If you’ve done research into underwater housing, you’ll know how expensive they can be. In some instances, they cost more than the camera. Certainly, when you pay the premium price you’re also purchasing assurance, functionality, size, etc. However, rebel that I am, I didn’t want to pay the premium, so I built my own.
They make cheaper underwater bags which I’ve used before, but the reason that didn’t meet my needs is I specifically wanted a big-dome port. Since they don’t sell those in any version except expensive housing cases, I knew my only option was to DIM (Do It Myself).
This post shows you how I built it, and some sample images that have since come from it on two different shoots. I’ve been quite pleased considering it cost me less that $50 and has had no issues with water leaks.
First, the materials I used. Run to a few local stores and pick up supplies (images below). Such supplies include:
- A sealable container (I got some Tupperware from Wal-mart that I measured to know was big enough for my camera and hand simultaneously. It was thick enough to maintain stability (unlike some types of Tupperware would have been), yet thin enough to cut with box cutters and drills. I could have bought a more expensive pelican case or something, but I was on a budget, on a time crunch, and wanted to be able to see the back of the camera.
- For extra sealing security, rub a bit of Vaseline along the rubber gasket before using.
- Extra lid or flat plastic. The Tupperware I got was a set of 3, so I had an extra lid. This will be cut to be the extension that attaches the 6″ dome port to the 4″ NBS.
- 4″ NBS or PVC male adapter and female adapter. This is for the lens port. I measured my lens and 4″ was the best option for what I was using. You could also use piping and cut it to length, but I wanted to used threaded pieces so I could screw and unscrew the big dome port for if I wanted to collapse it better for travel. Mine were a white and black only because they didn’t have both in black. Wish they did though.
- 3″ NBS or PVC pipe, cut to your appropriate length. You could also use an adapter again if it’s the length you need. This piece is where your hand and glove inserts. 4″ would have been too big, so 3″ gave more flexibility in location placement and fit the glove better.
- Chemical glove. This is where your hand will insert to function the camera. Getting a Chemical glove or similar is important, because you don’t want it leaking or puncturing. Don’t use a thin or non-water proofed glove.
- Plumbing fastener/gear clamp. This will go around the outside of the 3″ NBS piece to hold the folded glove in place.
- Silicone, this is what I used to seal edges and joints
- 6″ Big dome port (not pictured till later). I got this off Amazon and could have gotten a 9″. Not too sure if one would be better than the other, but I wanted the 6″ so it would fit better with my setup. From my understanding, the larger 9″ dome would help achieve better above-below images. But don’t quote me on that. I need to experiment more first.
Once the tools are assembled, figure out what holding position is going to be most comfortable and starting cutting holes. I used a sharpie and box cuter for my holes. I didn’t want to use any kind of jig saw due to how flimsy the plastic would be with that. Also, I know that I’m a meticulous and detailed person, so I knew my cuts wouldn’t be sloppy.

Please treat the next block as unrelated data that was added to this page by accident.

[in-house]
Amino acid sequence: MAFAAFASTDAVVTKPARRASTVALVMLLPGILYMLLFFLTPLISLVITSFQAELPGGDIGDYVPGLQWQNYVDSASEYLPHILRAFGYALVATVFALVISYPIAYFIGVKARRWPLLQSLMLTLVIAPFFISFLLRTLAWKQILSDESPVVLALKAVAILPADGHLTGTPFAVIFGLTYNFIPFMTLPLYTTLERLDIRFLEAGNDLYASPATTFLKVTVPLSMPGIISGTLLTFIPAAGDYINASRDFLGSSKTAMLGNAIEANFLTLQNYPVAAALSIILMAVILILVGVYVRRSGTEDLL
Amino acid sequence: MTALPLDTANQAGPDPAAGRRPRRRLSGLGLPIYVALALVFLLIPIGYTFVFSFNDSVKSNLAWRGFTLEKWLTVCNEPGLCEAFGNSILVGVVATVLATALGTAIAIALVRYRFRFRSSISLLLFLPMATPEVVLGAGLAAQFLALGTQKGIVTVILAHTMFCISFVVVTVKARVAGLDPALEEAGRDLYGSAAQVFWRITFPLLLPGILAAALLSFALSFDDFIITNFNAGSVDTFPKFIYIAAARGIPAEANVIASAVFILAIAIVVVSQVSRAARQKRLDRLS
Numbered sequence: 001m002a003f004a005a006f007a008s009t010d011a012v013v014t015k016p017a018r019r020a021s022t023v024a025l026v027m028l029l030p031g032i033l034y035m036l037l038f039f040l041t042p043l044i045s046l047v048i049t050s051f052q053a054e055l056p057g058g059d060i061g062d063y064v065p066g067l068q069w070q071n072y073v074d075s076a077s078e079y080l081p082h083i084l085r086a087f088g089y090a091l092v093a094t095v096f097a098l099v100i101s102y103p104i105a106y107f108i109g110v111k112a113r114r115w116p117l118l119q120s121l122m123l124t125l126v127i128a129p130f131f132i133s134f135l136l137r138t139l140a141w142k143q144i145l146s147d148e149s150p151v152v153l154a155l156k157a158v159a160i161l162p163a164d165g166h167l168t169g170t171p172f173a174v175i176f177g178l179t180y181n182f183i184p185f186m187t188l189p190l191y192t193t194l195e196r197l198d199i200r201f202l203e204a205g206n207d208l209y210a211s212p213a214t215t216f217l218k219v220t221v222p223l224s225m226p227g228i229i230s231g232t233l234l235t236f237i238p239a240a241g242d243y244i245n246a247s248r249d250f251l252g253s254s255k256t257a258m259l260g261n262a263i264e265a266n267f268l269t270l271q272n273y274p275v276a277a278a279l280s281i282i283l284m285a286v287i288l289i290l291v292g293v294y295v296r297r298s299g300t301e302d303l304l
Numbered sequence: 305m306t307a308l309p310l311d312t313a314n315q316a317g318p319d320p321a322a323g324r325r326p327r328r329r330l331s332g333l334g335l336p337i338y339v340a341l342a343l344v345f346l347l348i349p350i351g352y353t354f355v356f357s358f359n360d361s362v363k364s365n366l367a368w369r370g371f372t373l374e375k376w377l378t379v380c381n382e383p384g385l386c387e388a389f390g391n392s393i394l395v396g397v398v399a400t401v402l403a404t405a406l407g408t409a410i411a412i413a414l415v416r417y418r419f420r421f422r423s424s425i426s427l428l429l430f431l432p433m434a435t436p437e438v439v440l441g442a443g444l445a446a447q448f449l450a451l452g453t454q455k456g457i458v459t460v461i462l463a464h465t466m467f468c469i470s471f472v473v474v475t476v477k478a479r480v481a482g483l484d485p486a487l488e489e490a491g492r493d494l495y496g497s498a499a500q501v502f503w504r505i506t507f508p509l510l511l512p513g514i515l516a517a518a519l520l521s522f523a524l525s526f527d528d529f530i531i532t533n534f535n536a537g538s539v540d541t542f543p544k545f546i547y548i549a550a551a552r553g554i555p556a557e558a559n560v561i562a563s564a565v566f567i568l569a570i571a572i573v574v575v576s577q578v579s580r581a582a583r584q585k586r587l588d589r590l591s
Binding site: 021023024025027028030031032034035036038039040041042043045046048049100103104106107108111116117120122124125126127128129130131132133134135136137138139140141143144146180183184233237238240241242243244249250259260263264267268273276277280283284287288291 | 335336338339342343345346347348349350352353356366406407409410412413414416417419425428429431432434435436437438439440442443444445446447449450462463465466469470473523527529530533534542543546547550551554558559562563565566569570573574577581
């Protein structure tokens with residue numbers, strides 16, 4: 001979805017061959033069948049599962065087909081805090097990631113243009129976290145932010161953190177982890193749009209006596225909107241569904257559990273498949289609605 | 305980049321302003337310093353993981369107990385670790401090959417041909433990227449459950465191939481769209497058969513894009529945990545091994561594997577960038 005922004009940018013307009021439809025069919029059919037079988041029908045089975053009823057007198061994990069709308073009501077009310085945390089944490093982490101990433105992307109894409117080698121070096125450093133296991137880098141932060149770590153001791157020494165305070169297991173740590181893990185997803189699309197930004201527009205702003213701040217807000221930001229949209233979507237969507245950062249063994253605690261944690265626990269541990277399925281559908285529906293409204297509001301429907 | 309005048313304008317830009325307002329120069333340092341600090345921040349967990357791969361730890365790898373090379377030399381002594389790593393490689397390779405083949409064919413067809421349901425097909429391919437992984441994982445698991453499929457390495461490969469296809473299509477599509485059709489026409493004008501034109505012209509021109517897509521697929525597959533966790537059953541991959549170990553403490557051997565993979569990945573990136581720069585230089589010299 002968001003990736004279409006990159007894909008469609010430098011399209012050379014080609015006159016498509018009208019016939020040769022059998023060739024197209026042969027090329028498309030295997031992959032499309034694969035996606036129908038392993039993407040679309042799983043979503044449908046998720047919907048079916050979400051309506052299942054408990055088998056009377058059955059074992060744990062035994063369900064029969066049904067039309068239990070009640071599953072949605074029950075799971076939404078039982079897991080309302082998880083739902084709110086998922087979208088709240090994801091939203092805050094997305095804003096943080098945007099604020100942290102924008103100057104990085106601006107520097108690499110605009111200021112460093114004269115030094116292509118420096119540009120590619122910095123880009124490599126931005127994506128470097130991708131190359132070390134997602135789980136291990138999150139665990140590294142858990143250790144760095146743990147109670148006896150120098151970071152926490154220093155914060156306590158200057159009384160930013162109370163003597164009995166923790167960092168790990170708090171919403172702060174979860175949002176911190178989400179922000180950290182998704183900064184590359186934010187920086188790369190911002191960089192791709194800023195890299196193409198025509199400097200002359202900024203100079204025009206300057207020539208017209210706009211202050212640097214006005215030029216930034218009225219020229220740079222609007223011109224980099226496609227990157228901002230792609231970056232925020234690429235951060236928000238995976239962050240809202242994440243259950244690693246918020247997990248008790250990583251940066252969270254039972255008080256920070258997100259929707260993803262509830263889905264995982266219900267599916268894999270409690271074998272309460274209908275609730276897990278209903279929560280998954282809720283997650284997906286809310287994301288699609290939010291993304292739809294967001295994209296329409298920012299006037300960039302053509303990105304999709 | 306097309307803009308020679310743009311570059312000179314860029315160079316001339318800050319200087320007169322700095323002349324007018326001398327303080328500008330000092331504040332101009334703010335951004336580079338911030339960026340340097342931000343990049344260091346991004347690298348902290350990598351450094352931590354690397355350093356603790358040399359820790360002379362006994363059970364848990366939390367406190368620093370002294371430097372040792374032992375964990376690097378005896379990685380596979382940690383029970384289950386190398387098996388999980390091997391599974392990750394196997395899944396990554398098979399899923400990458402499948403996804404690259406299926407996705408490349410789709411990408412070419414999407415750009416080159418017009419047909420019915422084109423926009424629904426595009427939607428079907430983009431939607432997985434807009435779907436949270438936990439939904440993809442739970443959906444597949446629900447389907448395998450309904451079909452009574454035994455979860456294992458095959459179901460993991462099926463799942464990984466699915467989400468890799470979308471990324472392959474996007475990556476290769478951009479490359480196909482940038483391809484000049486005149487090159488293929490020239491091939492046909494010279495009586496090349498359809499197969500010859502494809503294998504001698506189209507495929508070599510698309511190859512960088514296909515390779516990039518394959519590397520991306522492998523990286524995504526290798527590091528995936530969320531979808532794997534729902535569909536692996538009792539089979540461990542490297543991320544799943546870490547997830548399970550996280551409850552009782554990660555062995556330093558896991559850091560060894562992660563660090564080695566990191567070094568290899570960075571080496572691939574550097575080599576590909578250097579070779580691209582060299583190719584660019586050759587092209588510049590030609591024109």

Make these holes as perfect, snug, and precise as possible. The goal of the silicone isn’t to fill large gaps, but to seal and hold a tight fit. Also, I wouldn’t suggest siliconing pieces in place yet. I waited to have everything together and tested before securing it.
You can also see here how the glove works. Insert into the 3″ piping and fold over the end. I rubbed a thin layer of silicone under the folded section before putting the clamp on and tightening.
Also, as you insert the pieces, be testing with the camera to see how far pieces should be inserted to be comfortable and in proper position. If the 3″ piece was too far in, it would squish my hand while holding the camera, but if it’s too far out, I wouldn’t be able to hold the camera properly. These adjustments are why I wouldn’t silicone anything yet.
Once the dome port arrived two days later, I took the extra lid and cut two circumferences from it—one for the 6″ dome port and one to go over the 4″ NBS.
Once pieces are ready to assemble and have been tested, we can begin siliconing.
One thing I did to ensure a better adhesion is I scraped and made a rough surface for the silicone to grip—that way it’s not adhering to a perfectly smooth surface. You could used a rough file for this or just a blade like I did.
Now add silicone to all joints, ensure a tight seal, and let dry. I gave a full 2 days of drying just to be sure before testing.
After testing in the sink and tub to ensure it was safe to put my camera in, I used it for some actually shoots. Although I may not be able to access all buttons at any moment and it is big and clunky, it was still almost $1,950 cheaper and has produced some neat images thus far.
The way I function it inside the case is by putting it on manual focus, a larger aperture for good depth of field since above and below the water will be different focal planes, and I have used it in both Manual and Aperture priority. I turn on the live view and can trigger the shutter whenever I please.
Here are a few images from shoots to show its results:
If you have any comments, thoughts, improvements, corrections, etc., I’d love to hear them.
About the author: David Wahlman is a full-time outdoor and active lifestyle photographer based in Los Angeles, CA. You can find more of his work and words on his website and blog, or by following him on Facebook and Instagram. This post was also published here.